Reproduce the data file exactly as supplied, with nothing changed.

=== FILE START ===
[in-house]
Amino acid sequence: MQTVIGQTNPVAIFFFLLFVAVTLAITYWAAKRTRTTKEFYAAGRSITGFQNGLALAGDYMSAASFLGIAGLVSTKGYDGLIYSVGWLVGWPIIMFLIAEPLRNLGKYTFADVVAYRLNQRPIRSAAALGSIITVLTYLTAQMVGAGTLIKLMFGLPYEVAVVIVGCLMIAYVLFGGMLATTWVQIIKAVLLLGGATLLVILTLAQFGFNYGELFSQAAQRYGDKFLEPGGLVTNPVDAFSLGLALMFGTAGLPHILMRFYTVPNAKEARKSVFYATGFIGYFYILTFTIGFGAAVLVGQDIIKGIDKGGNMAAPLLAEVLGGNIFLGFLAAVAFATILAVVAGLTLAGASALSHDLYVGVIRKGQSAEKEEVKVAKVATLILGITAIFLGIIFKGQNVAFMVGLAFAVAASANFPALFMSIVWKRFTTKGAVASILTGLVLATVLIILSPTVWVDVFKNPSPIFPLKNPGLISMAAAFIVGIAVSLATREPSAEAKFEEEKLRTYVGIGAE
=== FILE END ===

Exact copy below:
[in-house]
Amino acid sequence: MQTVIGQTNPVAIFFFLLFVAVTLAITYWAAKRTRTTKEFYAAGRSITGFQNGLALAGDYMSAASFLGIAGLVSTKGYDGLIYSVGWLVGWPIIMFLIAEPLRNLGKYTFADVVAYRLNQRPIRSAAALGSIITVLTYLTAQMVGAGTLIKLMFGLPYEVAVVIVGCLMIAYVLFGGMLATTWVQIIKAVLLLGGATLLVILTLAQFGFNYGELFSQAAQRYGDKFLEPGGLVTNPVDAFSLGLALMFGTAGLPHILMRFYTVPNAKEARKSVFYATGFIGYFYILTFTIGFGAAVLVGQDIIKGIDKGGNMAAPLLAEVLGGNIFLGFLAAVAFATILAVVAGLTLAGASALSHDLYVGVIRKGQSAEKEEVKVAKVATLILGITAIFLGIIFKGQNVAFMVGLAFAVAASANFPALFMSIVWKRFTTKGAVASILTGLVLATVLIILSPTVWVDVFKNPSPIFPLKNPGLISMAAAFIVGIAVSLATREPSAEAKFEEEKLRTYVGIGAE